"I've never been a selfish player," said Lee, now in his eighth year in the NFL. "I've always put the team first. I just want to do whatever it takes to help the team win the game. If that's playing special teams, I'm going to be an impact guy on special teams this year if that's what I have to do."
But that's not to say Lee isn't going to strive to be an impact tight end in 2010. Far from it. If anything, the emergence in 2009 of Finley and another young tight end, Spencer Havner, plus the addition this year of draft pick Andrew Quarless to the position group has re-dedicated Lee to proving his value.
He has to, first of all, because there may not be room for four tight ends on the roster. But he also must dispel the notion that he'll never again be the player who caught 48 passes for 575 yards and six touchdowns (plus another in the playoffs) in 2007.
Last year was a tough one for Lee. He caught 37 passes but for only 260 yards, an average of 7.0 yards per catch, down from 12.0 in his big year. He also had just one touchdown compared to the 11 of the previous two seasons combined, and he had a handful of dropped passes uncharacteristic for him, none worse than the fourth-and-goal pass late in the third quarter in Minnesota with the Vikings leading 28-14. It was a costly play, to say the least, in a big game on a national stage.
But just as Lee isn't going to create a stir about his role changing, he's also not going to dwell on the past. He was in Green Bay for every day of the offseason program beginning in mid-March with the same attitude and same work ethic since his career began as a fifth-round draft pick of the Miami Dolphins back in 2003.
"I look at every year as a season to get better," Lee said. "Last year, I didn't have my best season. It was kind of up and down. I felt like I could have done a lot of things a lot better. So, that's what I'm working on this year.
"That's football. You're going to have your ups and downs. You just have to be able to keep a level head and stay focused. I feel like I've done that, and I've been working hard on every aspect of my game."
One is simply the fundamentals of catching the ball, which deserted Lee somewhat with those drops last year. The diagnosis from the coaching staff was that Lee was "fighting it," as offensive coordinator Joe Philbin termed it, letting the ball get to his body instead of catching it out in front with his hands. Philbin likened it to an infielder in baseball who doesn't charge a ground ball. Sometimes the ball can play you instead, and it's much tougher to make smooth, clean plays.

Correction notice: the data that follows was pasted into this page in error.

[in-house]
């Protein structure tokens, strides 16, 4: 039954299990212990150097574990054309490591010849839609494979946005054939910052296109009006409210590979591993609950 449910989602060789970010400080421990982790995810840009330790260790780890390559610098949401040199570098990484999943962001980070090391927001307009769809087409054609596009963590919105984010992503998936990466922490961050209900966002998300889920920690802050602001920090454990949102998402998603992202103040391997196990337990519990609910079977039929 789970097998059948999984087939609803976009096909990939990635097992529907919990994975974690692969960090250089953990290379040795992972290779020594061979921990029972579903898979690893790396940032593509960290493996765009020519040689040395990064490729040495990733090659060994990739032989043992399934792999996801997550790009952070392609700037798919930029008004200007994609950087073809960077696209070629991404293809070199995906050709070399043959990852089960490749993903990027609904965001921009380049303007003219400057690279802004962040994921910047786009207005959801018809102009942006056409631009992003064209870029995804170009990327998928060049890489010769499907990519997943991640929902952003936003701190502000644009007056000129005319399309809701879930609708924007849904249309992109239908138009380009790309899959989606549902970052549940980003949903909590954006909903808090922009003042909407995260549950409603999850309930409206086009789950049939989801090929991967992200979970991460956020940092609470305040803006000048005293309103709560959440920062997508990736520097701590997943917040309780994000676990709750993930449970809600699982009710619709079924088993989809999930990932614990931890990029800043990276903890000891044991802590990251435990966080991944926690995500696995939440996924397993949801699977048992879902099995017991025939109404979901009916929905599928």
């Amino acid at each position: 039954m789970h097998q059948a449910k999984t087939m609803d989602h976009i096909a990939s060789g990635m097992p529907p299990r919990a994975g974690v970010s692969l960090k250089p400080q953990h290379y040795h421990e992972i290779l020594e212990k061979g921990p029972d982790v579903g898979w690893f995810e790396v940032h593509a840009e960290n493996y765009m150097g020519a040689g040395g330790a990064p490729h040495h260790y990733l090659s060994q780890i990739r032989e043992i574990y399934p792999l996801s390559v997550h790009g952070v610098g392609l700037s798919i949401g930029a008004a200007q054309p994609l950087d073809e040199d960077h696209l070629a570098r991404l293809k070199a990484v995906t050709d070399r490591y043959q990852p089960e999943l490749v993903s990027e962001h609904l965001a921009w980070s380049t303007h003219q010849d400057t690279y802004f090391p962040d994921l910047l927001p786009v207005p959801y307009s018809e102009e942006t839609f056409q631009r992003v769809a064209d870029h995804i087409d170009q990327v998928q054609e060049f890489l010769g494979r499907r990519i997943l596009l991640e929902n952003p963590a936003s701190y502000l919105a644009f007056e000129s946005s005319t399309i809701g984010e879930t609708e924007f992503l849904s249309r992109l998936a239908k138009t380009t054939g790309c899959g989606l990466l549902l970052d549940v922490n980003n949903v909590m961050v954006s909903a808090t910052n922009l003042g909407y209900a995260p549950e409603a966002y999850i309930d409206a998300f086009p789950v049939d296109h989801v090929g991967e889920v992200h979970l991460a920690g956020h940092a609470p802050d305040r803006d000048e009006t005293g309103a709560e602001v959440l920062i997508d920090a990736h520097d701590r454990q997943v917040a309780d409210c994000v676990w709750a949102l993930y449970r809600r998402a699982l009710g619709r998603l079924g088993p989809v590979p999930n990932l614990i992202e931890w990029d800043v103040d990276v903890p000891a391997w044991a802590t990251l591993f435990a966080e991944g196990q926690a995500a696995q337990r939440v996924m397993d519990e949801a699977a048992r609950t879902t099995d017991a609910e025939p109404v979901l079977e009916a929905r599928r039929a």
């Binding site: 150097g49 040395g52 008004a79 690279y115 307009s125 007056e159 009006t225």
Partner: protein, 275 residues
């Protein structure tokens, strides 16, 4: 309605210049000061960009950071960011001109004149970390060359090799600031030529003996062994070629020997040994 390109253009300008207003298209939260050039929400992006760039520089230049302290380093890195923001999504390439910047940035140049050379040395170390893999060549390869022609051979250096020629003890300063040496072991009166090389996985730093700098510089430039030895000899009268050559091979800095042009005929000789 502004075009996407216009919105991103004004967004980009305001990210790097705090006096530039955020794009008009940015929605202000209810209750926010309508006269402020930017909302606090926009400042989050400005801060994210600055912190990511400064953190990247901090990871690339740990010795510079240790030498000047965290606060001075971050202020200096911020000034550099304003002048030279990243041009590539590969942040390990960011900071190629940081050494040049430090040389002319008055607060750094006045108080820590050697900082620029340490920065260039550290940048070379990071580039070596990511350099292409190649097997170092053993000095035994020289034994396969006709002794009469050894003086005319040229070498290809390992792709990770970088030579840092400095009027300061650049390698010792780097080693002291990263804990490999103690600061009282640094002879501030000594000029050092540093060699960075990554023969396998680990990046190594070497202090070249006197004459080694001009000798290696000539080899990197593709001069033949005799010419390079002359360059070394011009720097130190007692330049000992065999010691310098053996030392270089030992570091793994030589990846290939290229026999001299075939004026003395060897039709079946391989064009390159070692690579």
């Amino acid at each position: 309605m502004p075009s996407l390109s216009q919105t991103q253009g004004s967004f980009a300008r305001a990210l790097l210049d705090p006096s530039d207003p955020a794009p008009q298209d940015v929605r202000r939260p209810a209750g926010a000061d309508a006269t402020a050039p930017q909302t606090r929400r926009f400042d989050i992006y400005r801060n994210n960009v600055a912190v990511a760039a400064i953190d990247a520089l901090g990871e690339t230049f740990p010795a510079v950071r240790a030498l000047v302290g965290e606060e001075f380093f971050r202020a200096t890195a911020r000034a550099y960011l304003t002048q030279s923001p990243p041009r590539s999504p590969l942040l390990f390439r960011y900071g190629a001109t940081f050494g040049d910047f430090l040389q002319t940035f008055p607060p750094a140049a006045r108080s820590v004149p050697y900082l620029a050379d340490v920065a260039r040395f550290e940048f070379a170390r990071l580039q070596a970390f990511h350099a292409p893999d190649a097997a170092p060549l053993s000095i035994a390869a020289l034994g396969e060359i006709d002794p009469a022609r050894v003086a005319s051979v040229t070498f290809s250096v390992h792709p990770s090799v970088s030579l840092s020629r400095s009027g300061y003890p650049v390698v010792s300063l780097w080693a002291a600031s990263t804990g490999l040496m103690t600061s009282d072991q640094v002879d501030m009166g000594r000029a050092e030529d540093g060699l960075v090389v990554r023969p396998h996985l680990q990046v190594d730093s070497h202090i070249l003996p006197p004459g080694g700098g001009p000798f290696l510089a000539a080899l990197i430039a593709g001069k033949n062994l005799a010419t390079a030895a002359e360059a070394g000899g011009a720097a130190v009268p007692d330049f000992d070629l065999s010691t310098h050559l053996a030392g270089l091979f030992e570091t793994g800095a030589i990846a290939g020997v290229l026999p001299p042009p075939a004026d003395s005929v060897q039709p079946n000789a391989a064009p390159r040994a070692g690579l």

For catching passes, though, there's more to working on that than just standing in front of the JUGS machine and snatching balls being fired at high speed. It's also about timing, and getting downfield with the body in the right position so the hands can make the catch by themselves.
"We've been emphasizing the way we run routes and how the way we run the routes can help us get our eyes on the ball a little faster, a little sooner, and catch it in front of our eyes," tight ends coach Ben McAdoo said. "A lot of focus has been put on plucking it with our hands."
Lee's other fundamentals, such as blocking skills, remain sound. It's commonly said that blocking responsibilities are the hardest for a young tight end to learn, and with the combined NFL game experience of Finley (27 games), Havner (20) and Quarless (zero) nowhere near Lee's 109 games, his reliability in that area is a huge asset to the offense.
It also speaks again to his unselfishness, because there's certainly no external glory to be gained from taking on a defensive end or outside linebacker rather than running a pass route.
"I feel like my physical play helps the team out a lot," Lee said. "That's one of the things I did a lot of in college, so it's like second-nature to me. I feel I can help the team in the running game and the passing game. I'm just here to work hard and do whatever they ask me to do.
"If they want me to block, you better believe that's what I'm going to get done. If they want me to catch touchdowns, I'm going to get that done as well. I'm just going to continue to work hard, do whatever they ask me to do with a smile on my face and with great effort."
As far as catching touchdowns, the opportunities aren't likely to be as plentiful with Finley (55 catches, 676 yards, 5 TDs in '09) around. But neither McAdoo nor Philbin sees any reason to just write Lee off as he turns 30 at the end of training camp.
"I think the common trend is to look and say Finley had a breakout year, Lee averaged seven-point-something yards per catch, so boy, he must be a player in decline," Philbin said. "But just like he has the other five years he's been here, he's a competitive guy, he's in excellent shape, he's a good football player. He's made a lot of contributions here in the past five years, and he's competing very hard and had a real good spring.
"Again, as a player especially when you've had some of the success that he's had over the past, it probably wasn't easy watching another guy at your position make some bigger-type plays and get the ball a little bit more. But overall, he's a very sound player, and I look for him to come back."
If that includes backing up Finley and reprising a role on special teams that saw him make 15 coverage tackles in 2006, that's fine by Lee. He'll do it all quietly, with the team in mind.
"I don't really focus on the personal goals," he said. "I'd like to win a championship this year. This game is all about team, and I'm a strong believer if you continue to work hard and win games, anybody and everybody will get what they want.
"I don't ever go around saying I want to have 50 catches or this or that. I just work hard and stay humble and try to stay focused on the big picture, and that's to win a championship."